Survey works on the Irish Sea gas interconnector will begin in Scottish waters on 14 November before moving into Irish waters on Sunday 19 November.

The survey vessels will conduct a geophysical, ROV and offshore survey of the pipeline landfalls. These shallow water surveys will extend to a depth of approximately 10m below the lowest astronomical tide (LAT) at each location.

The surveys will be conducted by the vessels AMS Panther (callsign 2EHC2) and 4Winds (callsign PCPE) which will work on a 24-hour basis, the former near-shore to some 10m below chart datum and the latter outside that.

During the surveys and ROV diving operations, the vessels will be displaying the relevant day shapes and night lights and will be monitoring VHF Channels 12 and 16.

Due to ROV operations being operated from the vessel, all other passing vessels are requested to leave a wide berth during the operations and operate at minimum speed to reduce vessel wash.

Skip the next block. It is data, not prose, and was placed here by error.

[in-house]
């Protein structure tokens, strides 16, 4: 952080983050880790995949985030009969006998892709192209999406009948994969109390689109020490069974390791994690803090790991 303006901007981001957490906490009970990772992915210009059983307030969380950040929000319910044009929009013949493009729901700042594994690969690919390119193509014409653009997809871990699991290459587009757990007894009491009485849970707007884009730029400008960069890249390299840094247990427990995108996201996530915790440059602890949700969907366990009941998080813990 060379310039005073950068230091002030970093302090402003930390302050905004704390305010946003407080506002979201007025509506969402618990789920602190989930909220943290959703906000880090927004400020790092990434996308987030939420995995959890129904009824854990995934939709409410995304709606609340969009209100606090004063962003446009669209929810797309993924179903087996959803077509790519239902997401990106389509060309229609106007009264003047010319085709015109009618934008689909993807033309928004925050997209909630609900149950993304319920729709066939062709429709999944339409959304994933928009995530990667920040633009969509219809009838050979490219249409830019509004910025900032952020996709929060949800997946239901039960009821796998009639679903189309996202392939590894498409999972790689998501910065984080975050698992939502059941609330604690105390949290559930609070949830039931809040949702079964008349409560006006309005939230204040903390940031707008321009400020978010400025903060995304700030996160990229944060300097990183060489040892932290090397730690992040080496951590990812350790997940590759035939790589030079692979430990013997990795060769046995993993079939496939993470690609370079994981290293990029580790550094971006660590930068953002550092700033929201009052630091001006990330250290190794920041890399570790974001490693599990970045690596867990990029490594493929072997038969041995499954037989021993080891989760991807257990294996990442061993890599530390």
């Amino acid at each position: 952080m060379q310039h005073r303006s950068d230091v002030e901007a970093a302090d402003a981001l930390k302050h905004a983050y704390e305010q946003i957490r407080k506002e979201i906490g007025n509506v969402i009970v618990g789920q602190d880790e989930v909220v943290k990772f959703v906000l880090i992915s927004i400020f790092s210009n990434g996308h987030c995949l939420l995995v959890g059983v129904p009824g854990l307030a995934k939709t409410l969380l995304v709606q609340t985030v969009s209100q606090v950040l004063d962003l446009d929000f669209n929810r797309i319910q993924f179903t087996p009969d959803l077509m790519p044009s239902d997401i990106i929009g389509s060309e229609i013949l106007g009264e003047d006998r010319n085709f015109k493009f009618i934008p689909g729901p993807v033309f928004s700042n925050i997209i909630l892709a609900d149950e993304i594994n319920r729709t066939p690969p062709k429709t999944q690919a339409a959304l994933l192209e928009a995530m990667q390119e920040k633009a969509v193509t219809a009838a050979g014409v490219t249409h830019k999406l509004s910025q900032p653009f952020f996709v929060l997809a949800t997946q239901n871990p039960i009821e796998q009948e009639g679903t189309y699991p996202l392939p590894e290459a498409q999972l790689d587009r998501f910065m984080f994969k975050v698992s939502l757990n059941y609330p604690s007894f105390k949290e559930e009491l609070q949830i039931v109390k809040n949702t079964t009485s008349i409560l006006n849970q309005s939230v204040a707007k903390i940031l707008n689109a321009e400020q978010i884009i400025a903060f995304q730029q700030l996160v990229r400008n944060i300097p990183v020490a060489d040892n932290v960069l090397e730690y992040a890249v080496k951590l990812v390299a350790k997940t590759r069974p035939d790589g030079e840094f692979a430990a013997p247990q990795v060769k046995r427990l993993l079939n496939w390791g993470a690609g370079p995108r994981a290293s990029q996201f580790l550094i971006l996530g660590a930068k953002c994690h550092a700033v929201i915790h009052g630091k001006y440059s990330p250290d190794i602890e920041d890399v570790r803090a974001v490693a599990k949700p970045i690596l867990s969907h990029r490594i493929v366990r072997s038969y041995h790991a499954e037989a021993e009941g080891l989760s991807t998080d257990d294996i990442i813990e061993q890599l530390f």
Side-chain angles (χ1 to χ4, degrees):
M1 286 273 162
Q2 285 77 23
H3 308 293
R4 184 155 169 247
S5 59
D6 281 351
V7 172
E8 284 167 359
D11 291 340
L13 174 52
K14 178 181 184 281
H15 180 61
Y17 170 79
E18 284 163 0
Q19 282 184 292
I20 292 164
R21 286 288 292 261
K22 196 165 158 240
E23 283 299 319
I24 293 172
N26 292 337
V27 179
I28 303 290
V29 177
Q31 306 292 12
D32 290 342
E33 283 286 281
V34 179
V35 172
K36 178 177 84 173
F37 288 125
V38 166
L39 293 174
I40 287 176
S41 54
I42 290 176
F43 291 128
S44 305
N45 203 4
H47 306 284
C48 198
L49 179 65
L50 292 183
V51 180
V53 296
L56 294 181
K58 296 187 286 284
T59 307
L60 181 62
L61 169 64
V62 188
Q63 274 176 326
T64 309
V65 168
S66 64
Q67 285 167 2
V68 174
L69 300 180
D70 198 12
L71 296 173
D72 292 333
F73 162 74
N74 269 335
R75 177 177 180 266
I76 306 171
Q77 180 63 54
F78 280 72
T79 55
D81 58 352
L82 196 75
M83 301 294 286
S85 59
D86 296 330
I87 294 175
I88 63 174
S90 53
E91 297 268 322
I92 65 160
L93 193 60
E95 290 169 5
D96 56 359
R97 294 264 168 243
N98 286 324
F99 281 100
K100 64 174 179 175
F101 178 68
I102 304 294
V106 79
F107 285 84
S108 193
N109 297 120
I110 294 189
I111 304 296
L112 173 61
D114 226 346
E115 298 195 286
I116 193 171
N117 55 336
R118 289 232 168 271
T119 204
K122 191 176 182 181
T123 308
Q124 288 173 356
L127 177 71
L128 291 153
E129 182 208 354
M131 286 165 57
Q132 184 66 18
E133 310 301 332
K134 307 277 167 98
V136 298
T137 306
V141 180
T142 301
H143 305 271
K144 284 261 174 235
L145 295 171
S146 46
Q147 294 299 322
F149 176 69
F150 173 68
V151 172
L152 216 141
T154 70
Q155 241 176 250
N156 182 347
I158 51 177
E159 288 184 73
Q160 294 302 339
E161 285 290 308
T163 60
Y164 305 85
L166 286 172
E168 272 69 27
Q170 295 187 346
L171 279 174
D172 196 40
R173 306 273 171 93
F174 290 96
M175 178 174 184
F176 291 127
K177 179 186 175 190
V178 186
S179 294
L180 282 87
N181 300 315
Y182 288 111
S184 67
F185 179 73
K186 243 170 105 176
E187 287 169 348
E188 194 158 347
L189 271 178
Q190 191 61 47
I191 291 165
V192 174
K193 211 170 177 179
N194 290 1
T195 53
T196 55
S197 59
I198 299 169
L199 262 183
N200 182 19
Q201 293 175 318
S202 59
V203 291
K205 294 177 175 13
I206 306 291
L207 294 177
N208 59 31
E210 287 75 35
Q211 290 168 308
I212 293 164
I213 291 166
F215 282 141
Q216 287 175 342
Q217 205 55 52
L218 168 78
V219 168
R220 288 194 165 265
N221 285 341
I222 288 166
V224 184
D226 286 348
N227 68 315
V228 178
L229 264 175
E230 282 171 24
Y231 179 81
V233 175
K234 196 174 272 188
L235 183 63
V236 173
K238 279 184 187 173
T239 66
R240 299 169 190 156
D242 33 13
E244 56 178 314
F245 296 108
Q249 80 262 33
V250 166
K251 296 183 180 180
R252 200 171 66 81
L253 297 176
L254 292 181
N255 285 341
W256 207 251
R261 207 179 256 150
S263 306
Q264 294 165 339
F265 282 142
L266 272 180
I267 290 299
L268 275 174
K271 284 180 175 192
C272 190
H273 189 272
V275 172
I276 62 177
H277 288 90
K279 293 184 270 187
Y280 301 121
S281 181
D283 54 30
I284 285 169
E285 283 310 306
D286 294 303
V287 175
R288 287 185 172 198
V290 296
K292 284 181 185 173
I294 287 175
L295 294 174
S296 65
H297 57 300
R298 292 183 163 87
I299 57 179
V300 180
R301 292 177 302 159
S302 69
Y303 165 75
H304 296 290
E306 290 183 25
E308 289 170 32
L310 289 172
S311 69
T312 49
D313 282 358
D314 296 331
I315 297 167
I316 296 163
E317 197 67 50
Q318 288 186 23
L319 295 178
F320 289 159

Coordinates and a map of the survey areas as well as contact details can be found in Marine Notice No 75 of 2023, attached below.

Published in News Update

The Department of Transport has been advised that a geophysical and geotechnical surveys is being undertaken by Green Rebel Marine in the Irish Sea to assess cable burial on behalf of MDM.

The survey work was anticipated to start on Monday 19 June and will be completed by the end of September, subject to weather and operational constraints.

Surveys will be conducted by two vessels: the semi-SWATH catamaran Roman Rebel (callsign 2ICA5) which will conduct 24-hr operations, and the Lady Kathleen (callsign EIXT2), a catamaran which will conduct 12-hr operations. Both vessels will display appropriate lights and signals.

As the survey vessels will be restricted in their ability to manoeuvre when surveying, due to the deployment of the towed survey equipment from the vessel for the duration of the survey activities, other vessels are kindly requested to keep a wide berth.

Mariners are advised to keep continuous watch on VHF Channel 16 when navigating the area.